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In vitro effects of live and heat-inactivated Bifidobacterium animalis subsp. lactis, BB-12 and Lactobacillus rhamnosus GG on Caco-2 cells

In vitro effects of live and heat-inactivated Bifidobacterium animalis subsp. lactis, BB-12 and Lactobacillus rhamnosus GG on Caco-2 cells
In vitro effects of live and heat-inactivated Bifidobacterium animalis subsp. lactis, BB-12 and Lactobacillus rhamnosus GG on Caco-2 cells
Probiotic–host interaction can be cell-to-cell or through metabolite production. Dead (inactive) organisms could interact with the host, leading to local effects and possible health benefits. This research examined the effects of live and heat-inactivated Bifidobacterium animalis subsp. lactis, BB-12 (BB-12) and Lactobacillus rhamnosus GG (LGG) on cultured Caco-2 cells focusing on epithelial integrity and production of inflammatory mediators. Live organisms increased transepithelial electrical resistance (TEER), a barrier-integrity marker, with LGG having a greater effect than BB-12. When mildly heat-treated, both organisms had a more modest effect on TEER than when alive. When they were heat-inactivated, both organisms had only a limited effect on TEER. Neither live nor heat-inactivated organisms affected production of six inflammatory mediators produced by Caco-2 cells compared to control conditions. Pre-treatment with heat-inactivated LGG or BB-12 did not alter the decline in TEER caused by exposure to an inflammatory cocktail of cytokines. However, pre-treatment of Caco-2 cells with heat-inactivated organisms alone or their combination decreased the production of interleukin (IL)-6, IL-18, and vascular endothelial growth factor. To conclude, while the live organisms improve the epithelial barrier using this model, neither live nor heat-inactivated organisms directly elicit an inflammatory response by the epithelium. Pre-treatment with heat-inactivated BB-12 or LGG can reduce some components of the response induced by an inflammatory stimulus.
B. Animalis subsp, BB-12, Gut epithelium, Heat-inactivation, Inflammation, L. Rhamnosus GG, Lactis, Probiotic
2072-6643
Castro Herrera, Vivian Maritza
ee06e5c1-815f-497f-9c67-47ead3772704
Rasmussen, Christine
5c7270f0-453c-4622-98a7-51d006b52d53
Wellejus, Anja
b03ecf04-d89c-496b-a29c-48f7df4c86b3
Miles, Elizabeth
20332899-ecdb-4214-95bc-922dde36d416
Calder, Philip
1797e54f-378e-4dcb-80a4-3e30018f07a6
Castro Herrera, Vivian Maritza
ee06e5c1-815f-497f-9c67-47ead3772704
Rasmussen, Christine
5c7270f0-453c-4622-98a7-51d006b52d53
Wellejus, Anja
b03ecf04-d89c-496b-a29c-48f7df4c86b3
Miles, Elizabeth
20332899-ecdb-4214-95bc-922dde36d416
Calder, Philip
1797e54f-378e-4dcb-80a4-3e30018f07a6

Castro Herrera, Vivian Maritza, Rasmussen, Christine, Wellejus, Anja, Miles, Elizabeth and Calder, Philip (2020) In vitro effects of live and heat-inactivated Bifidobacterium animalis subsp. lactis, BB-12 and Lactobacillus rhamnosus GG on Caco-2 cells. Nutrients, 12 (6), [1719]. (doi:10.3390/nu12061719).

Record type: Article

Abstract

Probiotic–host interaction can be cell-to-cell or through metabolite production. Dead (inactive) organisms could interact with the host, leading to local effects and possible health benefits. This research examined the effects of live and heat-inactivated Bifidobacterium animalis subsp. lactis, BB-12 (BB-12) and Lactobacillus rhamnosus GG (LGG) on cultured Caco-2 cells focusing on epithelial integrity and production of inflammatory mediators. Live organisms increased transepithelial electrical resistance (TEER), a barrier-integrity marker, with LGG having a greater effect than BB-12. When mildly heat-treated, both organisms had a more modest effect on TEER than when alive. When they were heat-inactivated, both organisms had only a limited effect on TEER. Neither live nor heat-inactivated organisms affected production of six inflammatory mediators produced by Caco-2 cells compared to control conditions. Pre-treatment with heat-inactivated LGG or BB-12 did not alter the decline in TEER caused by exposure to an inflammatory cocktail of cytokines. However, pre-treatment of Caco-2 cells with heat-inactivated organisms alone or their combination decreased the production of interleukin (IL)-6, IL-18, and vascular endothelial growth factor. To conclude, while the live organisms improve the epithelial barrier using this model, neither live nor heat-inactivated organisms directly elicit an inflammatory response by the epithelium. Pre-treatment with heat-inactivated BB-12 or LGG can reduce some components of the response induced by an inflammatory stimulus.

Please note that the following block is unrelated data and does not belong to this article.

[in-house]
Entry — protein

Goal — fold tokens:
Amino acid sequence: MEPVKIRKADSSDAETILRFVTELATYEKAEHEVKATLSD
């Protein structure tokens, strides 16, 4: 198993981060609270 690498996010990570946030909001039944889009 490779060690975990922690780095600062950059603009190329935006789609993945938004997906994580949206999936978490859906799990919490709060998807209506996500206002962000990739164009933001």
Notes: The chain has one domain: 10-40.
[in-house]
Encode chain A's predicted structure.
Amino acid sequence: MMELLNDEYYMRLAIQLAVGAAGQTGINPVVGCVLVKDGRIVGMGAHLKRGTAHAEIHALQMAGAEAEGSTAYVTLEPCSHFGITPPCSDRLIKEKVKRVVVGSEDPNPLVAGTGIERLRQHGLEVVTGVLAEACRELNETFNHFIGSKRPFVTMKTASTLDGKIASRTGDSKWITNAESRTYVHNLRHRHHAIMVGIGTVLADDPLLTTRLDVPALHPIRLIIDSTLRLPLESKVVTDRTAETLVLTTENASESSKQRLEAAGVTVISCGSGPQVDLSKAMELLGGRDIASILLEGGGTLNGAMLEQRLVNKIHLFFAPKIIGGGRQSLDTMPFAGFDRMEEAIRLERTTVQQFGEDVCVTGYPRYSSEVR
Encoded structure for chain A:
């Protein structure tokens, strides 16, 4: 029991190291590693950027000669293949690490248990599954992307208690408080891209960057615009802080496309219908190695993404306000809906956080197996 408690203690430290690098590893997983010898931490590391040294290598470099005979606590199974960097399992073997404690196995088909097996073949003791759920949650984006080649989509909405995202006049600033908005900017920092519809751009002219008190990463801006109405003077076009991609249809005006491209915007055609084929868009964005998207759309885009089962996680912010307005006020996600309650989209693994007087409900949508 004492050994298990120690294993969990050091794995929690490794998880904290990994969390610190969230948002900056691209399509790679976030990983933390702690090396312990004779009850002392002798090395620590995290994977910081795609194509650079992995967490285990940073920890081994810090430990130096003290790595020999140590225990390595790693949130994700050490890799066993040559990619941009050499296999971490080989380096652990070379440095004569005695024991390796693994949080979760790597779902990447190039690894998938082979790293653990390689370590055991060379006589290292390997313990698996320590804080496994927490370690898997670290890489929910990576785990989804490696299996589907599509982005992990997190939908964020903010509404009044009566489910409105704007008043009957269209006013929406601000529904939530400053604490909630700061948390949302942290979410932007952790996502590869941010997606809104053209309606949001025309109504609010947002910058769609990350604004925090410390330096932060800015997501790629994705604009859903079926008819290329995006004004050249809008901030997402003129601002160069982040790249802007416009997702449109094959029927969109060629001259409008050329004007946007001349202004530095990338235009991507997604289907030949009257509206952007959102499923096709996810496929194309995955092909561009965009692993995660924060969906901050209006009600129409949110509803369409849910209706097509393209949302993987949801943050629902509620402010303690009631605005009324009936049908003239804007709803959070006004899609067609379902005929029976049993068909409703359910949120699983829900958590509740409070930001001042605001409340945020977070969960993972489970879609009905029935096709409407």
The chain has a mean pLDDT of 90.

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Castro-Herrera et al_Accepted Version_Nutrients - Accepted Manuscript
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Accepted/In Press date: 5 June 2020
e-pub ahead of print date: 8 June 2020
Keywords: B. Animalis subsp, BB-12, Gut epithelium, Heat-inactivation, Inflammation, L. Rhamnosus GG, Lactis, Probiotic

Identifiers

Local EPrints ID: 441450
URI: http://eprints.soton.ac.uk/id/eprint/441450
ISSN: 2072-6643
PURE UUID: ba438bed-ee1d-42dd-ae69-cef7cda2bef7
ORCID for Elizabeth Miles: ORCID iD orcid.org/0000-0002-8643-0655
ORCID for Philip Calder: ORCID iD orcid.org/0000-0002-6038-710X

Catalogue record

Date deposited: 12 Jun 2020 16:40
Last modified: 26 Nov 2021 02:38

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Contributors

Author: Vivian Maritza Castro Herrera
Author: Christine Rasmussen
Author: Anja Wellejus
Author: Elizabeth Miles ORCID iD
Author: Philip Calder ORCID iD

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